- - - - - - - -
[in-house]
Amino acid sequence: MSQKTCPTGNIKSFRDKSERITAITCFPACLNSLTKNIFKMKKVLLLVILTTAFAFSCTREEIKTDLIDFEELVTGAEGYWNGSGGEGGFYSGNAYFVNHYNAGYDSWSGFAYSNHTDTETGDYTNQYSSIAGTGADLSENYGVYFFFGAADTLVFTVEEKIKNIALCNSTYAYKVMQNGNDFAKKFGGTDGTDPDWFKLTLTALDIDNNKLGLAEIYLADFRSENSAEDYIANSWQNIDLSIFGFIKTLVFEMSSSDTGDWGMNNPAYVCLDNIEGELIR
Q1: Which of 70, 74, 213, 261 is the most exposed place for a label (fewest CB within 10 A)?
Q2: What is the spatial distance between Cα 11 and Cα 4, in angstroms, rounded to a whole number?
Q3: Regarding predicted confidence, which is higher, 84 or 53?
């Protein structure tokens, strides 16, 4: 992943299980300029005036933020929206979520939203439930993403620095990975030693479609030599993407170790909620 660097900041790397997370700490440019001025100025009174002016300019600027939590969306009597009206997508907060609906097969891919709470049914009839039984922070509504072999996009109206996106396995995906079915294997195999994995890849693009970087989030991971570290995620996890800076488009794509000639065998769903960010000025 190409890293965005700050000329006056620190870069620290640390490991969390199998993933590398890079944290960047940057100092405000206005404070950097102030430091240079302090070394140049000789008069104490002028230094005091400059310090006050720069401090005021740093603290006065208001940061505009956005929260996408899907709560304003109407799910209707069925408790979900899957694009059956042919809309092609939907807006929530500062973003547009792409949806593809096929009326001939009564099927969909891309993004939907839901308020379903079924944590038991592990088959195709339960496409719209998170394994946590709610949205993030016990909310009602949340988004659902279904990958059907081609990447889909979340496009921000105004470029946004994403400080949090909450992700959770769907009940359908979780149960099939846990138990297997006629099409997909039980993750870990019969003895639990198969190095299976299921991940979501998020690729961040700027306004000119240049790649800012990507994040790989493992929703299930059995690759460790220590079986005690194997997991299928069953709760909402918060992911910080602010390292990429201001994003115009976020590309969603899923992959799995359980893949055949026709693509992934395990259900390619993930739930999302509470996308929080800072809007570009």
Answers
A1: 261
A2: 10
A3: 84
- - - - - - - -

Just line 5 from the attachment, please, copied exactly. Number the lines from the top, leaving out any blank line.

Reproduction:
Q3: Regarding predicted confidence, which is higher, 84 or 53?